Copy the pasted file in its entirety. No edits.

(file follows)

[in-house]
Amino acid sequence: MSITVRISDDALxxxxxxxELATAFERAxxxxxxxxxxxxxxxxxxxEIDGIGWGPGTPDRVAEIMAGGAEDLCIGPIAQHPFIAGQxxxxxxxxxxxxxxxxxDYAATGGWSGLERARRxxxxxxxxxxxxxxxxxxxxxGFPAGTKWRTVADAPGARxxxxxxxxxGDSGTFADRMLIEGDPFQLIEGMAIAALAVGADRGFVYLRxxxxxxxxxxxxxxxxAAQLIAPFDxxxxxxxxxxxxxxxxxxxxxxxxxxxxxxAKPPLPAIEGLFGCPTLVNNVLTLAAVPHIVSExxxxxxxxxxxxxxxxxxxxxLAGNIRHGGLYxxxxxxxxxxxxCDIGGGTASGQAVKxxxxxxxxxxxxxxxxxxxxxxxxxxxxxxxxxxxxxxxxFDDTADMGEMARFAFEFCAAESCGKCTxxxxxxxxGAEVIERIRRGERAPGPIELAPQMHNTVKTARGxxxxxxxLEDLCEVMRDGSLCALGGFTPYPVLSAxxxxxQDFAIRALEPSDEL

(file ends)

[in-house]
Amino acid sequence: MSITVRISDDALxxxxxxxELATAFERAxxxxxxxxxxxxxxxxxxxEIDGIGWGPGTPDRVAEIMAGGAEDLCIGPIAQHPFIAGQxxxxxxxxxxxxxxxxxDYAATGGWSGLERARRxxxxxxxxxxxxxxxxxxxxxGFPAGTKWRTVADAPGARxxxxxxxxxGDSGTFADRMLIEGDPFQLIEGMAIAALAVGADRGFVYLRxxxxxxxxxxxxxxxxAAQLIAPFDxxxxxxxxxxxxxxxxxxxxxxxxxxxxxxAKPPLPAIEGLFGCPTLVNNVLTLAAVPHIVSExxxxxxxxxxxxxxxxxxxxxLAGNIRHGGLYxxxxxxxxxxxxCDIGGGTASGQAVKxxxxxxxxxxxxxxxxxxxxxxxxxxxxxxxxxxxxxxxxFDDTADMGEMARFAFEFCAAESCGKCTxxxxxxxxGAEVIERIRRGERAPGPIELAPQMHNTVKTARGxxxxxxxLEDLCEVMRDGSLCALGGFTPYPVLSAxxxxxQDFAIRALEPSDEL